This panel explores the theme of racial inequality in the contemporary global order. It is particularly interested in the extent to which we live in a world characterised by "global apartheid": how useful is this as a way of conceptualising global inequality today - both empirically and politically?
This panel invites papers that address the theme of racial inequality in the contemporary global order. Since the 1970s, the concept of "global apartheid" has informed much research and activism on this theme, based upon the claim that inequality on a global scale is structured around a colonial axis and what Howard Winant referred to as "a centuries-old pattern of white supremacy". However, a number of scholars have begun to question the continued relevance of this global apartheid model, particularly in the wake of recent global political, economic and cultural changes (eg Dunaway and Clelland, 2017).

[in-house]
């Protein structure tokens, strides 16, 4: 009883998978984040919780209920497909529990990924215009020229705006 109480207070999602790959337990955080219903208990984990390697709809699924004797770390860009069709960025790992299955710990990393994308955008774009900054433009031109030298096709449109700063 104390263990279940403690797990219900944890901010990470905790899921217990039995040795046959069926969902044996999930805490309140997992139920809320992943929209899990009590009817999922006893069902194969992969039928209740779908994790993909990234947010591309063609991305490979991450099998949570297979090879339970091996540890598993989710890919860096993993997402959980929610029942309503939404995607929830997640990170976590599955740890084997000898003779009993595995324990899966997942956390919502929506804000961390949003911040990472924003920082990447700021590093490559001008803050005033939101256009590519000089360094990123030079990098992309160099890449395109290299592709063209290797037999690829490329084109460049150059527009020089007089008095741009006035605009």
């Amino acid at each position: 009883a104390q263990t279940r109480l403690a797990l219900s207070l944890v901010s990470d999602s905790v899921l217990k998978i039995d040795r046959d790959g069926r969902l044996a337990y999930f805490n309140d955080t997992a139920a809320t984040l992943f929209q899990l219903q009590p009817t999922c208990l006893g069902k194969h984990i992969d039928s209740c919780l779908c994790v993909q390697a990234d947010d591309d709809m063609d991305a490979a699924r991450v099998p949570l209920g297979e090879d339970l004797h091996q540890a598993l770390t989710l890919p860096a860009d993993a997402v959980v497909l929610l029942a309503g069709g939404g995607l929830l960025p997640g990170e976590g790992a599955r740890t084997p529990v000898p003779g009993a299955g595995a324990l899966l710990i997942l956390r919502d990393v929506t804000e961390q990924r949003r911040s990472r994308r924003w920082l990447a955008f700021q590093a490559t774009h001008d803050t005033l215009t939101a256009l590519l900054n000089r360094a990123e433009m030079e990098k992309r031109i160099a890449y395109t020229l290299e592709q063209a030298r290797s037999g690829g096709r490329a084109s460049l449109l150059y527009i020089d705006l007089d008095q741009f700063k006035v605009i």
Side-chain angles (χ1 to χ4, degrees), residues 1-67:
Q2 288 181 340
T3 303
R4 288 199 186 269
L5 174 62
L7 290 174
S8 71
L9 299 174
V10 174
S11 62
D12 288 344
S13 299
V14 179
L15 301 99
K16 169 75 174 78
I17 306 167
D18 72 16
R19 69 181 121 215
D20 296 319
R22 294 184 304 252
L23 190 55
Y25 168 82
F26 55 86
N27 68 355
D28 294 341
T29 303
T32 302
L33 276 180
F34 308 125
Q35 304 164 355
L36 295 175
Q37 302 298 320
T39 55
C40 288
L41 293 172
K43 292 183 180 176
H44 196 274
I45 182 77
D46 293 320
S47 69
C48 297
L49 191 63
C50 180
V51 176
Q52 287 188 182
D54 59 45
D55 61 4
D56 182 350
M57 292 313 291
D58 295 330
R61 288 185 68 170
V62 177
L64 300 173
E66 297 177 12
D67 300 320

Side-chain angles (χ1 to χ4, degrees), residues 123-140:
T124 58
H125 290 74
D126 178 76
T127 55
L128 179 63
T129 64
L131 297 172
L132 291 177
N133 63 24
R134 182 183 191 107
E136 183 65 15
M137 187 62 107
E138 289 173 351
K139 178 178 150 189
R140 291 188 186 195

In addition to papers that examine the theme of global racial or ethnic inequality more broadly, this panel is therefore particularly interested in papers that address the following kinds of questions: to what extent do we continue to live in a world characterised by a form of "global apartheid"? How useful is this phrase (and was it ever useful) as a way of conceptualising global inequality - both empirically and politically? In the context of the DSA annual conference, the panel is also interested in papers that explore the role that the policy and practice of international development can play in upholding and/or challenging contemporary patterns of racial inequality at a global level.
Papers from this panel will be part of a journal special issue proposal on the theme of contemporary global racial inequality.